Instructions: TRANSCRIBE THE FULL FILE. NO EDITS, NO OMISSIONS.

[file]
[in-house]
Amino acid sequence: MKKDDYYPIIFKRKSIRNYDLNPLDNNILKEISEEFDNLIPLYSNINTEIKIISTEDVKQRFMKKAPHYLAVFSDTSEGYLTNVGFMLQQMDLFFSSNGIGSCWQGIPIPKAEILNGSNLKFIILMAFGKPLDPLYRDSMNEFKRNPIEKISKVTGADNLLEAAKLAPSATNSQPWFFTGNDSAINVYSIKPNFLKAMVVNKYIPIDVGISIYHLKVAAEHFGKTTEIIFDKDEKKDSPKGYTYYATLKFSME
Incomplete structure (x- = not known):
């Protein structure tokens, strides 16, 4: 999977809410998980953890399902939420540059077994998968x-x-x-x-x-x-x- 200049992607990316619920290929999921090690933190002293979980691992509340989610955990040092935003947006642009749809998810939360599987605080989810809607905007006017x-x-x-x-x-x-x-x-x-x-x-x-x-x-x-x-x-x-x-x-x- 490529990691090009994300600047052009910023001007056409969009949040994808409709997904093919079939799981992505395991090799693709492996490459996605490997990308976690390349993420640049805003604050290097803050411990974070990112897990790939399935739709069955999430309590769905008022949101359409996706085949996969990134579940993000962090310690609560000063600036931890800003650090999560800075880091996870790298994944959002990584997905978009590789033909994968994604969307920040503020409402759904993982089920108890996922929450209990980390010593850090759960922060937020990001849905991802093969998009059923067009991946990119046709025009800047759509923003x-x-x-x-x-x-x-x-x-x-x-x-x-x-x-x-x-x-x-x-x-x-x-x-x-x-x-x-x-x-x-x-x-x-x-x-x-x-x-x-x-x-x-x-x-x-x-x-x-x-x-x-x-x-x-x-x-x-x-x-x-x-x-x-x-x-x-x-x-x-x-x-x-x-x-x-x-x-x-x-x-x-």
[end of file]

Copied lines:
[in-house]
Amino acid sequence: MKKDDYYPIIFKRKSIRNYDLNPLDNNILKEISEEFDNLIPLYSNINTEIKIISTEDVKQRFMKKAPHYLAVFSDTSEGYLTNVGFMLQQMDLFFSSNGIGSCWQGIPIPKAEILNGSNLKFIILMAFGKPLDPLYRDSMNEFKRNPIEKISKVTGADNLLEAAKLAPSATNSQPWFFTGNDSAINVYSIKPNFLKAMVVNKYIPIDVGISIYHLKVAAEHFGKTTEIIFDKDEKKDSPKGYTYYATLKFSME
Incomplete structure (x- = not known):
């Protein structure tokens, strides 16, 4: 999977809410998980953890399902939420540059077994998968x-x-x-x-x-x-x- 200049992607990316619920290929999921090690933190002293979980691992509340989610955990040092935003947006642009749809998810939360599987605080989810809607905007006017x-x-x-x-x-x-x-x-x-x-x-x-x-x-x-x-x-x-x-x-x- 490529990691090009994300600047052009910023001007056409969009949040994808409709997904093919079939799981992505395991090799693709492996490459996605490997990308976690390349993420640049805003604050290097803050411990974070990112897990790939399935739709069955999430309590769905008022949101359409996706085949996969990134579940993000962090310690609560000063600036931890800003650090999560800075880091996870790298994944959002990584997905978009590789033909994968994604969307920040503020409402759904993982089920108890996922929450209990980390010593850090759960922060937020990001849905991802093969998009059923067009991946990119046709025009800047759509923003x-x-x-x-x-x-x-x-x-x-x-x-x-x-x-x-x-x-x-x-x-x-x-x-x-x-x-x-x-x-x-x-x-x-x-x-x-x-x-x-x-x-x-x-x-x-x-x-x-x-x-x-x-x-x-x-x-x-x-x-x-x-x-x-x-x-x-x-x-x-x-x-x-x-x-x-x-x-x-x-x-x-």